4 completely ripe plantains
1/4 teaspoon salt
1 teaspoon curry powder
1/2 teaspoon cinnamon
1/8 teaspoon cloves
1 3/4 cups coconut milk
Peel plantains. Cut plantains in round slices no thicker than 1/4″ inch. Combine all ingredients (head ‘em up, move ‘em out) into soup pot. Simmer on low heat for 30-to-40 minutes or until the plantains are tender and have absorbed all the coconut milk. Stir occasionally to ensure that all the plantain slices get covered with liquid. Serve hot. If not, serve cold.
1) Cinnamon is truly a happening spice.
2) True cinnamon comes from Sri Lanka. Powdered cinnamon sold in America is usually not true cinnamon. Instead is really cassia, a similar tasting spice. Fret not, the sky is not falling. You can buy cinnamon sticks and grind your own cinnamon. Take back cinnamon! Yeah!
3) Cinnamon smells great. Indeed, God told Moses (Exodus 30: 22-33). to make holy anointing oil out of cinnamon, cassia, olive oil, myrrh, and scented cane.
4) The ancient folks scurrying around the Mediterranean and points east believed in the Cinnamon Bird. The Cinnamon Bird lived in Arabia and built its nest with cinnamon which it got from parts unknown.
5) The Arabians left heavy chunks of meat on the ground. The Cinnamon Birds would take the meat back to their nest. The weight of the meat would cause the cinnamon nests to fall to the ground. Of course, they could have accomplished the same thing by throwing bowling balls in these birds’ nest, assuming the sons of the desert had bowling balls way back then.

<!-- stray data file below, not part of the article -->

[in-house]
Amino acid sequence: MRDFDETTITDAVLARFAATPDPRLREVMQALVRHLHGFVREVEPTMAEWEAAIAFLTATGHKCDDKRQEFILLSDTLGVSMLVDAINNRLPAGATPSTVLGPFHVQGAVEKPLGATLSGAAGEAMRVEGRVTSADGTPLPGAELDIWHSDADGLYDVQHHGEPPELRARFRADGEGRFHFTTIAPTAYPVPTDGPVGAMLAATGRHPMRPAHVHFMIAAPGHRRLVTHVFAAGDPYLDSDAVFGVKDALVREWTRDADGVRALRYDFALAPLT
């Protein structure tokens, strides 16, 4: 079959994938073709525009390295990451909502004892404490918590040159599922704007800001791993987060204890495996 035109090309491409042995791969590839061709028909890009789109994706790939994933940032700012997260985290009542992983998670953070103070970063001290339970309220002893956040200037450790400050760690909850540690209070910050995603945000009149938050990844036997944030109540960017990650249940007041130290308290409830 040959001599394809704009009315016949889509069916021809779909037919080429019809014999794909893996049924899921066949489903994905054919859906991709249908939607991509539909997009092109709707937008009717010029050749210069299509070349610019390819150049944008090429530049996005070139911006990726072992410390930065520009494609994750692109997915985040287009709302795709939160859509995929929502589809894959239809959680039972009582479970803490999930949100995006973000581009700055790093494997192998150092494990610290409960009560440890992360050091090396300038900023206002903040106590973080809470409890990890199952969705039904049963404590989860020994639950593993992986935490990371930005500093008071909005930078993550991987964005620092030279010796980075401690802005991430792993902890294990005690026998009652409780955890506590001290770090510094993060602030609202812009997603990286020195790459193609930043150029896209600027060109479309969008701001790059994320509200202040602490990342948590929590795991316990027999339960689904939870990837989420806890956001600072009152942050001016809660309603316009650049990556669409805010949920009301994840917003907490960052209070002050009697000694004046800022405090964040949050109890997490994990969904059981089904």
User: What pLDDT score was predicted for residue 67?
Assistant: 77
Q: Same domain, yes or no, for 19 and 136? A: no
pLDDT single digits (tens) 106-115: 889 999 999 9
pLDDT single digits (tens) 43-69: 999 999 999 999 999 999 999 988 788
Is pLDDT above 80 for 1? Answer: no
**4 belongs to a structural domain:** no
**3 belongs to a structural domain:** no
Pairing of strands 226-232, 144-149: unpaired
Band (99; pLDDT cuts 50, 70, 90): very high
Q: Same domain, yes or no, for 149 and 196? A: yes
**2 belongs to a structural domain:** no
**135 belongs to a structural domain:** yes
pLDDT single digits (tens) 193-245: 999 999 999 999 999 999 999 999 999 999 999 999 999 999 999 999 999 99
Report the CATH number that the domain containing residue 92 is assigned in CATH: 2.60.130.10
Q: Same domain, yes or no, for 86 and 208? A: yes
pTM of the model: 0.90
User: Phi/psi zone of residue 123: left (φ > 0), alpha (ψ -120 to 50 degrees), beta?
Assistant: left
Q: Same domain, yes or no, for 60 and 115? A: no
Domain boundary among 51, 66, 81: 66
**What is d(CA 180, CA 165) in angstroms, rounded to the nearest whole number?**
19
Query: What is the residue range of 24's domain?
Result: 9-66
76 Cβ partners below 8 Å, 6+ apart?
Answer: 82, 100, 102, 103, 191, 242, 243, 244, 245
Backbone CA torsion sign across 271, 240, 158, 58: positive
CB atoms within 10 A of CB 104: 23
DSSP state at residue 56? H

6) The ancient Roman, Pliny the Elder, debunked the myth of the Cinnamon Bird. Nothing got past old Pliny.
7) Economist alert! One ounce of cinnamon could get you fifteen ounces of silver in Roman times. Kinda made having cinnamon toast a special occasion.
8) During the Middle Ages, your social level was determined by the number of spices you had. Hee, hee, I’m fabulously rich! Oh wait, I’m not living in the Middle Ages. Dang it, where’s my time machine?
9) For centuries, European nations fought wars over who would control Ceylon’s, Sri Lanka back then, supplies of cinnamon. A bit like Black Friday at WalmartTM.
10) For a long time I thought Marshall Crenshaw’s song, “Cynical Girl,” was really “Cinnamon Girl.” It changed the meaning somewhat.
– Chef Paul
As an e-book on Nook
or on my website-where you can get a signed copy at: www.lordsoffun.com